Check out the NRA’s latest anti control proposal. In a Think Progress Video, I originally saw over at Wonkette ( where we had a lot of fun making fun of it ), Billy Johnson, proposed for lack of a better term “Gun Socialism.”
Kyle Kulinski ( Secular Talk ) Created an excellent response video to Billy Johnson’s “Gun Socialism”
I have to agree with Kulinski.
How would putting guns into the hands of children stop school shootings? We’re supposed to trust little kids now, who are barely mature enough to survive on their own to use dangerous weapons?
Also I’ll bet, Johnson expects us to believe the old myth that more guns equals less crime, sorry but it doesn’t exactly work that way.
His idea may fall in line with the most extreme interpretations of the second amendment, but how is he supposed to squire with the wingnut opposition to anything even perceived to be socialist?
Now how is it that Obamacare, which is supposedly socialism and therefor bad, but this isn’t socialism and this is good? I mean he’s advocating the government spend our tax dollars on giving people guns? Not to mention government funded shooting ranges, and “free” ammo? How is it that wingnuts wouldn’t call him a socialist if he was proposing something like this for anything else?
Also the reason why even the most extreme anti gun control advocates in general can’t perceive guns as a need, in the way he says we should, probably has something to do with this fact. Human beings have literally survived for over a million years without guns.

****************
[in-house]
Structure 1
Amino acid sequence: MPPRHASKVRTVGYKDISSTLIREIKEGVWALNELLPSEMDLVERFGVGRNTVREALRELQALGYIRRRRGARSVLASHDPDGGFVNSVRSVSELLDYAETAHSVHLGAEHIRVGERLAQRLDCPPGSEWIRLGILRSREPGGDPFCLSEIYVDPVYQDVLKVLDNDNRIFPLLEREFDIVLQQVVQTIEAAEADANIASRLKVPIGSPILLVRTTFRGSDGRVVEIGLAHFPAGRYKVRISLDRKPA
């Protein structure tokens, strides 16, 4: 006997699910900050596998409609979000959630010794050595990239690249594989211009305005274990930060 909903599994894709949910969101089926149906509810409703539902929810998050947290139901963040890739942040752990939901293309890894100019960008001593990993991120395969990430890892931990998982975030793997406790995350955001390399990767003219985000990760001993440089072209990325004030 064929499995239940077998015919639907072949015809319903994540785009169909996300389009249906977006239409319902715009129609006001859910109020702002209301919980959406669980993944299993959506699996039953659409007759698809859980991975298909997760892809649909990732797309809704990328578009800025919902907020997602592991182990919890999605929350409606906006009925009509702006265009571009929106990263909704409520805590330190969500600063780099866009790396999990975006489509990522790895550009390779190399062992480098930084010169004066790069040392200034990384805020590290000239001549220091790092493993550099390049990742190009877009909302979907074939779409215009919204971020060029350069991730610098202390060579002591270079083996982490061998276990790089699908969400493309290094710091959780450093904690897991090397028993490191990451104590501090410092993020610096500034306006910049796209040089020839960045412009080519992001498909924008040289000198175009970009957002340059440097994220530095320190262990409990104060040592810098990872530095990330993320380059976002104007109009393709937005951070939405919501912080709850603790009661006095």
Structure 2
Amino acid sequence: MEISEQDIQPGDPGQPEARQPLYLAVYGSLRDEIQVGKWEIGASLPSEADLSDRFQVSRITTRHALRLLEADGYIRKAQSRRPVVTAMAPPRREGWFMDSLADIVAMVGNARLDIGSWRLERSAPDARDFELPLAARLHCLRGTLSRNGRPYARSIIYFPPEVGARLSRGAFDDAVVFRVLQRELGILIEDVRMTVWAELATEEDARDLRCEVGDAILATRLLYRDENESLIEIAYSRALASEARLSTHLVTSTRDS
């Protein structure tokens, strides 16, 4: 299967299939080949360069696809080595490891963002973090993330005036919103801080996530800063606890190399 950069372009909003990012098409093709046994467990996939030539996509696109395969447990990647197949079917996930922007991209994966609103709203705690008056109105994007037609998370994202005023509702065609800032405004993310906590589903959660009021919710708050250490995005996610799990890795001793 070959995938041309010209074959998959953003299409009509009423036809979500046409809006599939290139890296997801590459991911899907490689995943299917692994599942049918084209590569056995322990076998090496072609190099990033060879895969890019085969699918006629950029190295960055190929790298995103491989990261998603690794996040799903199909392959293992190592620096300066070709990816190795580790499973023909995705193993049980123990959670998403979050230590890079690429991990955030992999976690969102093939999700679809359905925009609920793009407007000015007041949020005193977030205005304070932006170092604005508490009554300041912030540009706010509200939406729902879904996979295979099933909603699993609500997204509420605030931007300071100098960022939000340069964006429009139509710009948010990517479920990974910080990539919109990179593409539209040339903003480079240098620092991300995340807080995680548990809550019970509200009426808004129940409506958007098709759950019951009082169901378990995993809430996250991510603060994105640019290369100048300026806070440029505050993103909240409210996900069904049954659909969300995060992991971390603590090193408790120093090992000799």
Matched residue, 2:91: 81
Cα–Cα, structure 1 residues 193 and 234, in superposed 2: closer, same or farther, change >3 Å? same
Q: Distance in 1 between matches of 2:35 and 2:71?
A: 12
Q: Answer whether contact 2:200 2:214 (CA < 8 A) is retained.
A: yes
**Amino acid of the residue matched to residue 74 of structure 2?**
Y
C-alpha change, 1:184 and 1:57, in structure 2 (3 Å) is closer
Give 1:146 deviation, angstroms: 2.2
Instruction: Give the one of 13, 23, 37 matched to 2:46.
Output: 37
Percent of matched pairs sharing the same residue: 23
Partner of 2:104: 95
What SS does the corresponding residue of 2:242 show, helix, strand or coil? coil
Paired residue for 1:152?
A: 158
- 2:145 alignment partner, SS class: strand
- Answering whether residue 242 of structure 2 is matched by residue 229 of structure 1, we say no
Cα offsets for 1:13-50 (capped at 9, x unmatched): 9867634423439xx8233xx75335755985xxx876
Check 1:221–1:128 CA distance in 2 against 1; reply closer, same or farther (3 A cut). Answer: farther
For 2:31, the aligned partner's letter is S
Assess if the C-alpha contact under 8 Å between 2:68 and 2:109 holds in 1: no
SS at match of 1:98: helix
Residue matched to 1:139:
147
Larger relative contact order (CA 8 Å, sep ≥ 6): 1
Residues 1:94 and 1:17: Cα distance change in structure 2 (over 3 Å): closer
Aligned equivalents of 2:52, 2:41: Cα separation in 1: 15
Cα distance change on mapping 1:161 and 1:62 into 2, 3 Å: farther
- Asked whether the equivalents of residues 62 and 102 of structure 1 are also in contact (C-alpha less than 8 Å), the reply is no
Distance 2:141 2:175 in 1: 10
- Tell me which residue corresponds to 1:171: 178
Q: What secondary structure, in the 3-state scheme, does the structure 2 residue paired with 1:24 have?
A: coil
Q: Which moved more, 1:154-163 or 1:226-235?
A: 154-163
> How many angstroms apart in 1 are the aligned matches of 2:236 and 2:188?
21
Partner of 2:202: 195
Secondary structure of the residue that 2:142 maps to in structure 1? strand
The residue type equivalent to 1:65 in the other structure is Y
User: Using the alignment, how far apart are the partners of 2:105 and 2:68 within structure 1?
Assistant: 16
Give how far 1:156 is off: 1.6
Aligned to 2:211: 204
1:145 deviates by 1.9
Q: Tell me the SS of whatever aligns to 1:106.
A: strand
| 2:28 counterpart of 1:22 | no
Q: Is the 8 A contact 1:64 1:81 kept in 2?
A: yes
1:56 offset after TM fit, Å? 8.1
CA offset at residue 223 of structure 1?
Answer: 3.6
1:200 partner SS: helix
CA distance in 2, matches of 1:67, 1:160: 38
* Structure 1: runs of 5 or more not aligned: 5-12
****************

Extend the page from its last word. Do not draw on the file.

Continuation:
Cross posted from a comment-at Skips Page on this topic
I want to add CCW and open carry is a discussion that we want to happen, I really wish that were not at the behest of a law already signed. The precise requirements and regs work that goes with concealed or open carry and how that has to play out day to day is essential to avoid violence, tragic misunderstandings and worse. Cross posting in my Page on this law.
Thing is click bait screaming memes and headlines add to the problem.
From Huffpo. Not the NRA, nor Brietbart, nor any advocacy site.
You know that gun control is no longer an issue, either pro or con, when both sides try to make you believe that something big has happened when nothing of any real importance happened at all. I’m referring to the gun law just passed in Georgia which is awaiting Governor Nathan Deal’s expected signature, a law described by the New York Times as one of “breathtaking sweep” and by the NRA as a “historic victory for the 2nd Amendment.”
Since I really do believe in evidence-based discussion about guns, I took the trouble to read HB60, as the new law is known. If this law represents a “historic victory” for the 2nd Amendment, the NRA better find someone else to defend the beloved constitutional rights of gun owners. On the other hand, if the editors of Mother Jones really believe that this new law will result in guns being “everywhere” in Georgia, then there must be some place named Georgia other than the state where this law just passed.
Here’s what the bill basically does: 1) It allows guns to be carried in places where liquor is served, which previously had been off-limits for guns; 2) It also allows guns to be carried in churches which, like restaurants and bars, were also off-limits for guns; 3) It further allows guns to be carried in certain non-secure areas of airports, which is really funny since Atlanta’s airport was ranked #1 nationally in the number of guns confiscated in 2013.